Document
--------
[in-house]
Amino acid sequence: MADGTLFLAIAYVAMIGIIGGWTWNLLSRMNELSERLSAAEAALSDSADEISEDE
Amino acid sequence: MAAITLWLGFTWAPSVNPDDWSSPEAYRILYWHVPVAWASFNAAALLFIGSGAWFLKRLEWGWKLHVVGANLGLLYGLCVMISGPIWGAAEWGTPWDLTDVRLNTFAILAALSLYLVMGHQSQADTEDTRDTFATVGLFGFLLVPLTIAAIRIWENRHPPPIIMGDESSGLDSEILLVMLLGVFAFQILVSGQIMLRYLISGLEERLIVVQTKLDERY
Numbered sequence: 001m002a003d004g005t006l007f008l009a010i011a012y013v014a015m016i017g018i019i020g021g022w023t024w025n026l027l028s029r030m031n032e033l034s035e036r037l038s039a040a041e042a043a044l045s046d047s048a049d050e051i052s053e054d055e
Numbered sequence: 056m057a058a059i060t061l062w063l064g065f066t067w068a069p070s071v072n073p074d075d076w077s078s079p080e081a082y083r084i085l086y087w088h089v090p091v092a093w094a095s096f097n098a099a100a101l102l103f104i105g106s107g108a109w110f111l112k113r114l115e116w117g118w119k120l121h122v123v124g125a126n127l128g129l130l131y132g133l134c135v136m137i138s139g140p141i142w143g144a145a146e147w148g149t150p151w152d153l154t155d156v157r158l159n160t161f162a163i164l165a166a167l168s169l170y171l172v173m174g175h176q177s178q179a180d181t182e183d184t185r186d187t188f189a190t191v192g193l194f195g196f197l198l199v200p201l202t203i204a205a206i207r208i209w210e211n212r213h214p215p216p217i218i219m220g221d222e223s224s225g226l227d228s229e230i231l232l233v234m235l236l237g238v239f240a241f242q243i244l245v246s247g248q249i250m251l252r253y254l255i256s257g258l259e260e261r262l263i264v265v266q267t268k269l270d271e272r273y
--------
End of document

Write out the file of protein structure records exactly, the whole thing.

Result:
[in-house]
Amino acid sequence: MADGTLFLAIAYVAMIGIIGGWTWNLLSRMNELSERLSAAEAALSDSADEISEDE
Amino acid sequence: MAAITLWLGFTWAPSVNPDDWSSPEAYRILYWHVPVAWASFNAAALLFIGSGAWFLKRLEWGWKLHVVGANLGLLYGLCVMISGPIWGAAEWGTPWDLTDVRLNTFAILAALSLYLVMGHQSQADTEDTRDTFATVGLFGFLLVPLTIAAIRIWENRHPPPIIMGDESSGLDSEILLVMLLGVFAFQILVSGQIMLRYLISGLEERLIVVQTKLDERY
Numbered sequence: 001m002a003d004g005t006l007f008l009a010i011a012y013v014a015m016i017g018i019i020g021g022w023t024w025n026l027l028s029r030m031n032e033l034s035e036r037l038s039a040a041e042a043a044l045s046d047s048a049d050e051i052s053e054d055e
Numbered sequence: 056m057a058a059i060t061l062w063l064g065f066t067w068a069p070s071v072n073p074d075d076w077s078s079p080e081a082y083r084i085l086y087w088h089v090p091v092a093w094a095s096f097n098a099a100a101l102l103f104i105g106s107g108a109w110f111l112k113r114l115e116w117g118w119k120l121h122v123v124g125a126n127l128g129l130l131y132g133l134c135v136m137i138s139g140p141i142w143g144a145a146e147w148g149t150p151w152d153l154t155d156v157r158l159n160t161f162a163i164l165a166a167l168s169l170y171l172v173m174g175h176q177s178q179a180d181t182e183d184t185r186d187t188f189a190t191v192g193l194f195g196f197l198l199v200p201l202t203i204a205a206i207r208i209w210e211n212r213h214p215p216p217i218i219m220g221d222e223s224s225g226l227d228s229e230i231l232l233v234m235l236l237g238v239f240a241f242q243i244l245v246s247g248q249i250m251l252r253y254l255i256s257g258l259e260e261r262l263i264v265v266q267t268k269l270d271e272r273y